You step into a fancy restaurant, and the food served is immaculately plated.
But rather than relying on buzzy ingredients sourced from far-flung parts of the world, the kitchen focuses on forgotten, ‘ugly’ ingredients sourced from Singapore. One dish may be made from secondary grades of meat, and another might comprise of oddly shaped, over-ripened, and overstocked fruits and vegetables that would have otherwise been discarded. Still, the food tastes as good as it looks.
Welcome to Kausmo.
The restaurant is the brainchild of Lisa Tang and Kuah Chew Shian who wanted to open a restaurant challenging existing food norms while sparking conversations about unnecessary food wastage. “Kausmo is here to grow awareness for such issues by starting conversations over food in a comfortable setting,” shares Lisa, Kausmo’s chef.
Locally, the issue of food wastage is a pressing one. Figures from the National Environment Agency show that the amount of food waste has risen by more than 40 percent over the last 10 years. In 2017, some 54,000 double-decker buses worth of food waste was generated, and numbers are slated to increase with rising population and economic activities.
Thankfully, there’s a growing appetite for conscious dining, signalled in part by a handful of green establishments that are redefining our relationship with food. And it’s more than just fine-dining eateries that are part of this nascent movement. Restaurants and even hawkers are championing a more holistic, sustainable approach to the way we eat.
At Thunder Tree, the Hakka hawker stall serves thunder tea rice that changes with the seasons.
The usual suspects that go into making the traditional dish is often switched up. Co-owner Cai Xiaoxi shares that long beans or mani cai (sayur manis) might be swapped for sweet potato leaves or other unorthodox greens – it all depends on the harvest from Fireflies Farm, her family-run organic farm.
“I always say that my vegetables are very hole-y,” jokes Xiaoxi. Thunder Tree uses overstocked vegetables from the farm, or crops that no one wants to buy. Her family wants to provide food that people can enjoy with peace of mind. This means keeping to strict rules: no killing, no pesticides, no herbicides, no insecticides, and no growth-inducing hormones.
“We want to work towards living in tandem with nature, where every single living being on the farm is respected and given the rightful space to grow,” explains Xiaoxi.
Even the vegetable scraps generated from the stall are collected and sent back to the farm, where it is composted and used to nourish the next batch of crops.
But the farm didn’t always operate on this green philosophy.
When Fireflies Farm first started in 1998, chemicals like insecticides were used. The turning point came when the family realised how harmful conventional farming methods can be: close contact to chemicals deformed the fingers of Xiaoxi’s mother.
“Being on the farm, you know exactly what the chemicals are doing to the ecosystem,” says Xiaoxi. “How does it feel when you know that it’s in your hands; that you are responsible for doing this?”
Raising the roof
Not all sustainable efforts need to start from the ground up.
Spa Esprit Group has teamed up once again with Edible Garden City to open a Japanese restaurant on the roof of Funan. At its porch: a 5,000sq ft urban garden that is home to over 50 varieties of fruits, vegetables, and micro herbs.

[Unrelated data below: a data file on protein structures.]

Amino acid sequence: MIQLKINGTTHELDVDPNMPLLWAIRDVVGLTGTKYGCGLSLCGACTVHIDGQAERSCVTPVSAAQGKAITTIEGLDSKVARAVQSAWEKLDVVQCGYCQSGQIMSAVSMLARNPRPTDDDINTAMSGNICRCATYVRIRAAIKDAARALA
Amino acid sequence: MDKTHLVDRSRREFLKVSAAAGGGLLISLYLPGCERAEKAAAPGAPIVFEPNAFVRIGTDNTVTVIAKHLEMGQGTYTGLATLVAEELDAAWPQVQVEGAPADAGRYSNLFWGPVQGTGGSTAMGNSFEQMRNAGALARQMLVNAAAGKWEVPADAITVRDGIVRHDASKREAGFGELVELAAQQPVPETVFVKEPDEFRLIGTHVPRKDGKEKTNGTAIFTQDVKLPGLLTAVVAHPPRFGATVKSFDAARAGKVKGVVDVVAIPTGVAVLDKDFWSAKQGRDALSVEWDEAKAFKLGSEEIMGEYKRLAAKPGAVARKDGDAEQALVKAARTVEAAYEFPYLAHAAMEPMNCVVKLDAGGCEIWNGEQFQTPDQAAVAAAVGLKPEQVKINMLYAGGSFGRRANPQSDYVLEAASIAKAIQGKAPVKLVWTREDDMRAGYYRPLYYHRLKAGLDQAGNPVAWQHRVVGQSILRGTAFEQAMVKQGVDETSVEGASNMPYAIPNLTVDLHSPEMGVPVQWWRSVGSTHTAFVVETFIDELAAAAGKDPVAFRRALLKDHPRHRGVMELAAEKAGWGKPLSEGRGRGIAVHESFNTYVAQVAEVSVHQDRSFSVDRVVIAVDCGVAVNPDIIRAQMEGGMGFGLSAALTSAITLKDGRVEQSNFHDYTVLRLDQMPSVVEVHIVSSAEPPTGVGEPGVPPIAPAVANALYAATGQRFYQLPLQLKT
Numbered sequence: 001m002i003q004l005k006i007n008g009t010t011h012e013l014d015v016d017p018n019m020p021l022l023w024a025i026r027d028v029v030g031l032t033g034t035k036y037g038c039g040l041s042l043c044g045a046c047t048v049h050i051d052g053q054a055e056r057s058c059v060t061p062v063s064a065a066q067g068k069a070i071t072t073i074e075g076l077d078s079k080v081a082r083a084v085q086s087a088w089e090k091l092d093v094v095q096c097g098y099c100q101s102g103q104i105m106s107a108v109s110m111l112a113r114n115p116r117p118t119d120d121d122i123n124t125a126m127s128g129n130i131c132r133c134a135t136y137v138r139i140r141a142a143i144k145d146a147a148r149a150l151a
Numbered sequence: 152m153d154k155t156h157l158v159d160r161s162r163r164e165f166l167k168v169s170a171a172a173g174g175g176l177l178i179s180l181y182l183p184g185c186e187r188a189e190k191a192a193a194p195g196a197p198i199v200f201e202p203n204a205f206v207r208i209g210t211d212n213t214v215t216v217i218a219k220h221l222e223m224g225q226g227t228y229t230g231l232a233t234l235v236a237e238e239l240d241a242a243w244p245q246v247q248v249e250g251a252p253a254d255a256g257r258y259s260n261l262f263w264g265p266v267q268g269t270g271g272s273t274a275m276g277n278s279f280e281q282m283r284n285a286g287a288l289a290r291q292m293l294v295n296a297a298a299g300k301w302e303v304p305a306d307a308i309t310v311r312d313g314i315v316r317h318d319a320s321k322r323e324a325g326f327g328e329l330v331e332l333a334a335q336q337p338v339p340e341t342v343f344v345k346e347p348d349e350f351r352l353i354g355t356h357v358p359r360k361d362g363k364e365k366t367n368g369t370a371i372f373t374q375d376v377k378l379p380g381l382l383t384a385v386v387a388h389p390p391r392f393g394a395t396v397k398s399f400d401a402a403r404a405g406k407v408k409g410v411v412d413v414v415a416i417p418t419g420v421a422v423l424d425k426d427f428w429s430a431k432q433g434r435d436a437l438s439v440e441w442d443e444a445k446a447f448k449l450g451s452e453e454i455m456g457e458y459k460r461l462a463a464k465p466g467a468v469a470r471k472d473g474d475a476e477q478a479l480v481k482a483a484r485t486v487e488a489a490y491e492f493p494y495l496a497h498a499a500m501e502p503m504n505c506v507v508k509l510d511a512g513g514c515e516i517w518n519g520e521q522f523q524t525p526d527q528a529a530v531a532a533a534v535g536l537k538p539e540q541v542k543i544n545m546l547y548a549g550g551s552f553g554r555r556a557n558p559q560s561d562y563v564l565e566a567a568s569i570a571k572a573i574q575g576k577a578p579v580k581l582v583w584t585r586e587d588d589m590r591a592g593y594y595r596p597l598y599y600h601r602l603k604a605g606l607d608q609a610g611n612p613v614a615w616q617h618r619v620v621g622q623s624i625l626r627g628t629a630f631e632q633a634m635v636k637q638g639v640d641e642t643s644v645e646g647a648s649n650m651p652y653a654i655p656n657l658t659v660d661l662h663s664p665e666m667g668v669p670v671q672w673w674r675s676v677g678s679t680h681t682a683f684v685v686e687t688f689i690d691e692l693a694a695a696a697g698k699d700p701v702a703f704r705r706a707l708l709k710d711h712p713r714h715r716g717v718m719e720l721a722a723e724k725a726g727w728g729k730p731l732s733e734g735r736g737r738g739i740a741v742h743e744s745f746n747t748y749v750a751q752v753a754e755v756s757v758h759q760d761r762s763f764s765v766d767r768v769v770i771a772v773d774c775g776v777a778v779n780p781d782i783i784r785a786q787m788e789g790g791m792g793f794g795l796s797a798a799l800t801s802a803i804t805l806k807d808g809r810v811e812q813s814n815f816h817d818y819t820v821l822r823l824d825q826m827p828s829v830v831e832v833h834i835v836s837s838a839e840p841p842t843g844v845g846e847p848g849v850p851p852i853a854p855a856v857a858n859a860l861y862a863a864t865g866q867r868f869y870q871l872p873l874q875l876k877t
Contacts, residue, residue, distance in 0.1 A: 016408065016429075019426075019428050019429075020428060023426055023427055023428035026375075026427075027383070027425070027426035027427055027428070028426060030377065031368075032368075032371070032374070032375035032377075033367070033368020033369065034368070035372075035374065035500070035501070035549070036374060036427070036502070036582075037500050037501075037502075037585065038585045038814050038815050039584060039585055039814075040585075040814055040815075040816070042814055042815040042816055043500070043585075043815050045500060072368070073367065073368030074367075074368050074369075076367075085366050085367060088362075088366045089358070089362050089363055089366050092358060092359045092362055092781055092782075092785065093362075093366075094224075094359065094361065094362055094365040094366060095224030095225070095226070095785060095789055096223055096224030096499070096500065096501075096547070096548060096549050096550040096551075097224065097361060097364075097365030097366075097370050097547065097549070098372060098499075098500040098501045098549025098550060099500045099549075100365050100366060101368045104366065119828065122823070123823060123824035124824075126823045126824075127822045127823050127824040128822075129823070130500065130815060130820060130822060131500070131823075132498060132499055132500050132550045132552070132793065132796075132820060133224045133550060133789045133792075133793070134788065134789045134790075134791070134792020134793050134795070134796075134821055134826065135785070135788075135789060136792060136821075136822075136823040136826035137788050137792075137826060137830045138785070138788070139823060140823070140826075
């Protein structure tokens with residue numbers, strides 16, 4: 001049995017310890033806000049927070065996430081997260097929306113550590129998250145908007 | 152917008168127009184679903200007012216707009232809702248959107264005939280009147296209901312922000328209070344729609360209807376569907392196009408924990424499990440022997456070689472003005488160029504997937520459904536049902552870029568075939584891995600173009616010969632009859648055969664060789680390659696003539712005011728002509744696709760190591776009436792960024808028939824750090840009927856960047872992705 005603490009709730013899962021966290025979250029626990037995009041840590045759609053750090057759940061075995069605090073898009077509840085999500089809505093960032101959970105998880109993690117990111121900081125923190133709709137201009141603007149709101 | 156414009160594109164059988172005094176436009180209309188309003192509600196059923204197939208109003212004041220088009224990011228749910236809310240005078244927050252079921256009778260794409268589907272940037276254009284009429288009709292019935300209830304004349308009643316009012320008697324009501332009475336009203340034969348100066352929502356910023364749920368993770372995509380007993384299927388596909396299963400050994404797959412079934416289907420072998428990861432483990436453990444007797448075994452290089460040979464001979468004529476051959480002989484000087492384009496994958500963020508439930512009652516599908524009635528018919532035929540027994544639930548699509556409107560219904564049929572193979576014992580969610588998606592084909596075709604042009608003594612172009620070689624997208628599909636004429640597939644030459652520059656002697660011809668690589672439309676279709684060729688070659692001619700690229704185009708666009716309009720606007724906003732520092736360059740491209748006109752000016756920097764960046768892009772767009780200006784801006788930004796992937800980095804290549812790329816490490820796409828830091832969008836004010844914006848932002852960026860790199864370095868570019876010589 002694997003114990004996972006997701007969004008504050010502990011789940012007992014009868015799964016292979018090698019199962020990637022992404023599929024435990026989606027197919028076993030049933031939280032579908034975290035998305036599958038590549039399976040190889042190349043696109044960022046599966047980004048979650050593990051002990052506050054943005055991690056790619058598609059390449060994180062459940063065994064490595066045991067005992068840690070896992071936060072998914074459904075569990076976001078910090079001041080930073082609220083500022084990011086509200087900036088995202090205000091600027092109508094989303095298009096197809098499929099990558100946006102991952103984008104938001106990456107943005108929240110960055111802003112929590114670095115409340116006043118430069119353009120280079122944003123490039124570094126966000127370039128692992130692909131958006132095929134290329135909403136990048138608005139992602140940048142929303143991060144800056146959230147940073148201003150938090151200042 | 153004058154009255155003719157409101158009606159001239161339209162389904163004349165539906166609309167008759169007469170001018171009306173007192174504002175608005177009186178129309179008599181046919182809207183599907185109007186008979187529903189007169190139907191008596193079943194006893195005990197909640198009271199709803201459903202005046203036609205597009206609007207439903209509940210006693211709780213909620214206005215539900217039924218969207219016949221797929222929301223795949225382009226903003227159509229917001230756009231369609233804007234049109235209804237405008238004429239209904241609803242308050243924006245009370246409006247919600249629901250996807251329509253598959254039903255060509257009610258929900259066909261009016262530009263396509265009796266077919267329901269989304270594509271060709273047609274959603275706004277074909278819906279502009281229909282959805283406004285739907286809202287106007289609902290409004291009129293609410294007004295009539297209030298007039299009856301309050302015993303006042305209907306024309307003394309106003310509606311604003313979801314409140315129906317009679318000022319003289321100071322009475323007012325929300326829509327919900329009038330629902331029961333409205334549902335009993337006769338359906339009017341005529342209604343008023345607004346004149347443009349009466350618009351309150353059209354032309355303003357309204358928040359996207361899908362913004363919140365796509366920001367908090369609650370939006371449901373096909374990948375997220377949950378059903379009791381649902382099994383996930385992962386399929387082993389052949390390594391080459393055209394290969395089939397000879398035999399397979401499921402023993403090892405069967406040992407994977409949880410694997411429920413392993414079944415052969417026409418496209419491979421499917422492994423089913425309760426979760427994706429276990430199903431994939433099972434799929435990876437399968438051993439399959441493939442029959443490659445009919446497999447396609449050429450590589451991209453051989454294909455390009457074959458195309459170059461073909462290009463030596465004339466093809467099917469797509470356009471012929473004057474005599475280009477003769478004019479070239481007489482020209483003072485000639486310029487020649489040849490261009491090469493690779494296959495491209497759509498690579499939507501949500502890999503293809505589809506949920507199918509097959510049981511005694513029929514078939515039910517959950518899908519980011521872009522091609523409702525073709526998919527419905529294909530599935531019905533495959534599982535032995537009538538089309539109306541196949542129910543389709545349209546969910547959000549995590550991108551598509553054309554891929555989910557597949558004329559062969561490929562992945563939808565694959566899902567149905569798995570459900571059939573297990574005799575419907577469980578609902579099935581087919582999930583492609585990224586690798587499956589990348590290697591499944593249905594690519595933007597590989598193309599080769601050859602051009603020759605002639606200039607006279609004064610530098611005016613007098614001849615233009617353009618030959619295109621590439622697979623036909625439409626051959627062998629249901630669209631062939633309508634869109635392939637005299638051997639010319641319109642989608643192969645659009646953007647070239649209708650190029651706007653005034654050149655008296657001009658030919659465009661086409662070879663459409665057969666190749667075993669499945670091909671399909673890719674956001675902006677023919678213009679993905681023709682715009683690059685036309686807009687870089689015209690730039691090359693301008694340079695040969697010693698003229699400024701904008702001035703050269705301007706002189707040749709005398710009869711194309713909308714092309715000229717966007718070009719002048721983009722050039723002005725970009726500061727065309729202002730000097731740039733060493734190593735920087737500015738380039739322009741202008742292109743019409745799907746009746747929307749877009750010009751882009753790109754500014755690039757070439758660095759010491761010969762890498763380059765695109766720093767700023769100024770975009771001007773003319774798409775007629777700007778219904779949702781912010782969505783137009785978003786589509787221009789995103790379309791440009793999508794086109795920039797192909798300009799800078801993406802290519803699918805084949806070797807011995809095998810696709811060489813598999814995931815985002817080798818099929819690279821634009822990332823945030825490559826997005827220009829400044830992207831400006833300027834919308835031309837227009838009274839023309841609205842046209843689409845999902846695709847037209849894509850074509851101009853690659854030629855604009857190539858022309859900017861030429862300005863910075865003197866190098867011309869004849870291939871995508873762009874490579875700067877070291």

The harvests find its way into the menu at Noka, sometimes in a hearty tomato salad, or at other times, as an accompaniment to main dishes.
“Many people believe that local produce isn’t easily found, or aren’t as fresh,” says Cynthia Chua, the founder of Spa Esprit Group. “Local ingredients are also perceived to be inferior in taste as compared to their imported counterparts.”
Noka hopes to prove otherwise. Other than growing its own crops, the restaurant is also the first in Singapore to use a local source for its blue prawn sashimi. This helps reduce food mileage while supporting the agri-food industry.
The restaurant also adopts other eco-friendly practices.
It avoids single-use plastics, and uses recyclable chopsticks and kitchen storage boxes. Special effort also goes into planning how much food should be prepared to ensure that food wastage “is limited to almost none.”
“From carefully planning the menu to the ordering of ingredients, Noka applies simple steps to waste less and recycle more,” says Cynthia.
A green universe
Back at Kausmo, guests are learning about the ‘ugly’ produce that the restaurant uses.
Many are surprised – not at the misshapen objects, but rather, at how normal it looks. “They are shocked to learn that great produce is discarded due to filtering standards,” says restaurant manager Chiew Sian.
“We wouldn’t use the word ‘ugly produce’ as the ingredients we get have absolutely no damages or bruises in any way – contrary to what the term implies,” adds Lisa.
But even sourcing for such produce comes with its difficulties. For one, the availability of ingredients changes frequently, and with it, the need to constantly adapt the menu. There’s also the hidden logistics and transportation cost, given how little the 16-seater restaurant purchases as compared to large-scale importers.
Beyond the eco-friendly provenance of ingredients, extra thought has been placed into how the way Kausmo operates. Coasters are fashioned from scrap fabrics, and cutlery holders are made from upcycled wood. Chiew Sian sums up Kausmo’s ethos in one word: thoughtfulness.
She explains: “Sustainability is a huge word with multiple layers of meaning behind it, and it might seem daunting to start. Thoughtfulness, however, refers to the small steps that everybody can incorporate in their daily lives.”
“We can all make more thoughtful decisions in different aspects of our lives. Kausmo is just starting with food.”